We usually ask ourselves this nagging question when the weather takes a turn for worse, it starts to drizzle all day long, days get shorter, which means that autumn is on its way. The tougher among us wait with similar conclusions until first frost bites.
If despite having the heating on the house still feels cold, you should probably investigate what’s causing this. You could of course just toughen up and just learn to live with it, following an old wisdom once shared by a boiler room labourer ‘Ma’am, it’s winter, it ought to be cold!’. However, if your attitude towards the topic differs to this man’s, then we recommend you look at the tips below.
What causes the heat to escape:
- Houses should be warm. If a house is not adequately insulated, putting your heating on won’t help you too much. Warm air will quickly find a way out through walls, floor, roof and windows. The speed at which it escapes will of course depend on the thickness and type of materials the house is made of.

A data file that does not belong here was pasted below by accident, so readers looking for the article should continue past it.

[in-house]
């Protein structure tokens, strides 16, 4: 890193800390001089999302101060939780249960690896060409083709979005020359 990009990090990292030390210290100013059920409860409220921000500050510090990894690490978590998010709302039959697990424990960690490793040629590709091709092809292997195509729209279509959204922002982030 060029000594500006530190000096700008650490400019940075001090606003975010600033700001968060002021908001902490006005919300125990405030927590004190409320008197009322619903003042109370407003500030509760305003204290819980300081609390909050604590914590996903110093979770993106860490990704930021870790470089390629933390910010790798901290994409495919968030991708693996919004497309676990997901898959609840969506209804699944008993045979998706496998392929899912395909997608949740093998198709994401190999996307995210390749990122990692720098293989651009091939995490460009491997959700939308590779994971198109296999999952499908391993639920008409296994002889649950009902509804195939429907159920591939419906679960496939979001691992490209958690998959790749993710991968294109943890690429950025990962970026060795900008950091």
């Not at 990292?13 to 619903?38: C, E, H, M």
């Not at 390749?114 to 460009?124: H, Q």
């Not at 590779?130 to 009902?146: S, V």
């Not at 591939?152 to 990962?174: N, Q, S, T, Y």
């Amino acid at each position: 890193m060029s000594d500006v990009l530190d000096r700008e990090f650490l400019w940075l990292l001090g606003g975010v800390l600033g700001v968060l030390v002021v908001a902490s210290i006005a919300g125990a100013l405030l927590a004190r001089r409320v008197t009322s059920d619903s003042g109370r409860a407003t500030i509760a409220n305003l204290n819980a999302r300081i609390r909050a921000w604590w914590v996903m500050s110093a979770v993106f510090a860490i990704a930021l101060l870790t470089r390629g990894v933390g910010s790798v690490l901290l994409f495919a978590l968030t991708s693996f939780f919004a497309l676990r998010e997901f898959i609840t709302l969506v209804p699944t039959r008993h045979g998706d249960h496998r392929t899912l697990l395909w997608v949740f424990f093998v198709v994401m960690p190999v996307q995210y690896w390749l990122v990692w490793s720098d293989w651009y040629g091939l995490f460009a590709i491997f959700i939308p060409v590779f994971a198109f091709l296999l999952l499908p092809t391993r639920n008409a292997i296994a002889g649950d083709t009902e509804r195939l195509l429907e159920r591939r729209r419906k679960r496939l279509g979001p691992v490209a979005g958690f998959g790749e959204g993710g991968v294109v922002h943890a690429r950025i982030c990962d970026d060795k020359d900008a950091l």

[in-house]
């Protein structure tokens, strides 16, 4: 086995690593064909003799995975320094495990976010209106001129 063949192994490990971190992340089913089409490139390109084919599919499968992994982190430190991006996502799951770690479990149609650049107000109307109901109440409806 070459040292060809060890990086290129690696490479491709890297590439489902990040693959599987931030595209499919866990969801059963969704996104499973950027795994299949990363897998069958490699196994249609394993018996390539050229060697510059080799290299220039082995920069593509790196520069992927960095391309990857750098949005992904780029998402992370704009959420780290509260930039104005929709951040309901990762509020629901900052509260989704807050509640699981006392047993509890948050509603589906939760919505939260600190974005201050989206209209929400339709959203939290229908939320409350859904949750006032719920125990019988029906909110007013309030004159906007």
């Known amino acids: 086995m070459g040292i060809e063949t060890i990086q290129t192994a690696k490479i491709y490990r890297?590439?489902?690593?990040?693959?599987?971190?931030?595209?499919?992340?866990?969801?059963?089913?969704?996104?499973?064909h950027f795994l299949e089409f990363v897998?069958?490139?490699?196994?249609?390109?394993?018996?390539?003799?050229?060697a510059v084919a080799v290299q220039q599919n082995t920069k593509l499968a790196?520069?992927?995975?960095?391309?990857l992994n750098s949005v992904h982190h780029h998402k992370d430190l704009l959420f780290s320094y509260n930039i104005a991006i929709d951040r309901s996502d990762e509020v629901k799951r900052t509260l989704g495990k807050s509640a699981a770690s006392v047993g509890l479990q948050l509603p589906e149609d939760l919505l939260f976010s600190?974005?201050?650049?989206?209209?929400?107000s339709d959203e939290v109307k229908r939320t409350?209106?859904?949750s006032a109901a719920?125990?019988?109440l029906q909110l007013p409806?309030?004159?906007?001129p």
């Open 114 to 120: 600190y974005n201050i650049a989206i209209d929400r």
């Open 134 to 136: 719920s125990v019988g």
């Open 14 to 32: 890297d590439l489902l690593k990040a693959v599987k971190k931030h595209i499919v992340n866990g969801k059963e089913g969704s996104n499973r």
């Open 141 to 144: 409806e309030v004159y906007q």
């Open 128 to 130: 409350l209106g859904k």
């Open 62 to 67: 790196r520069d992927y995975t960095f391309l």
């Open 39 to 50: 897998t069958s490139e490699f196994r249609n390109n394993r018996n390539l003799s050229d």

- The rate at which the warm air escapes also depends – attention – on the difference of pressure between the inside of your house and the external area.
Here is an example:
You heat up your house to feel warm. It’s common knowledge that heated air wants to increase its volume. However, as it struggles to increase its volume (because the space inside the building doesn’t change), the pressure goes up. The outside air is cooler (because it’s winter). As it’s cooler, it’s also thinner and thus the pressure is lower than of the air inside. The warm or hot air want to escape, and it will use every, even the smallest gap in the insulation of the house to do so.